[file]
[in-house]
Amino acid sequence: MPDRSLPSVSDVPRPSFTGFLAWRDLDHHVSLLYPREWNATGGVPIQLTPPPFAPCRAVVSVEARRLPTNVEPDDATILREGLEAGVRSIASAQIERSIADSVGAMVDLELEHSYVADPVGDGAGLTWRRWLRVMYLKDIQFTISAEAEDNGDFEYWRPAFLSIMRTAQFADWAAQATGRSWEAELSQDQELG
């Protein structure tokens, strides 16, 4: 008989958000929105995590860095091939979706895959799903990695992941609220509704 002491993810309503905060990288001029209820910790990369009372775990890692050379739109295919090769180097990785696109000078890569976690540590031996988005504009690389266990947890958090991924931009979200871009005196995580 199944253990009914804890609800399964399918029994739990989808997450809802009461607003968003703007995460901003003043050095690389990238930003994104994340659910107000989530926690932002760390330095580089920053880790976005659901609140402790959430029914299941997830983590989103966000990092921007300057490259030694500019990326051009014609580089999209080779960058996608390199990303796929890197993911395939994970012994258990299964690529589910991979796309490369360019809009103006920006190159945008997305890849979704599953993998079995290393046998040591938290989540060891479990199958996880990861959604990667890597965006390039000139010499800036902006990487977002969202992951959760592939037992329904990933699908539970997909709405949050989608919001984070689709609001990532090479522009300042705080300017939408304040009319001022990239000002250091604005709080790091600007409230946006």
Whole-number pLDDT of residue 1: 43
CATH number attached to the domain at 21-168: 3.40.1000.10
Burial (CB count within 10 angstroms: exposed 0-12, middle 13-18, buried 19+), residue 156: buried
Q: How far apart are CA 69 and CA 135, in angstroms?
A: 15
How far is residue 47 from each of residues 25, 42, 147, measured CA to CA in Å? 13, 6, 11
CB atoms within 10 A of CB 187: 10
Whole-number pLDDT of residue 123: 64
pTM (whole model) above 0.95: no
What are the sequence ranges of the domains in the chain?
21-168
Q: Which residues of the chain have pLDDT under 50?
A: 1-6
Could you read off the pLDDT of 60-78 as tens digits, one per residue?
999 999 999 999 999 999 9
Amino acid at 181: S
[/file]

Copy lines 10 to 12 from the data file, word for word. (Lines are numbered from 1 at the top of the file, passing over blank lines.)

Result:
CB atoms within 10 A of CB 187: 10
Whole-number pLDDT of residue 123: 64
pTM (whole model) above 0.95: no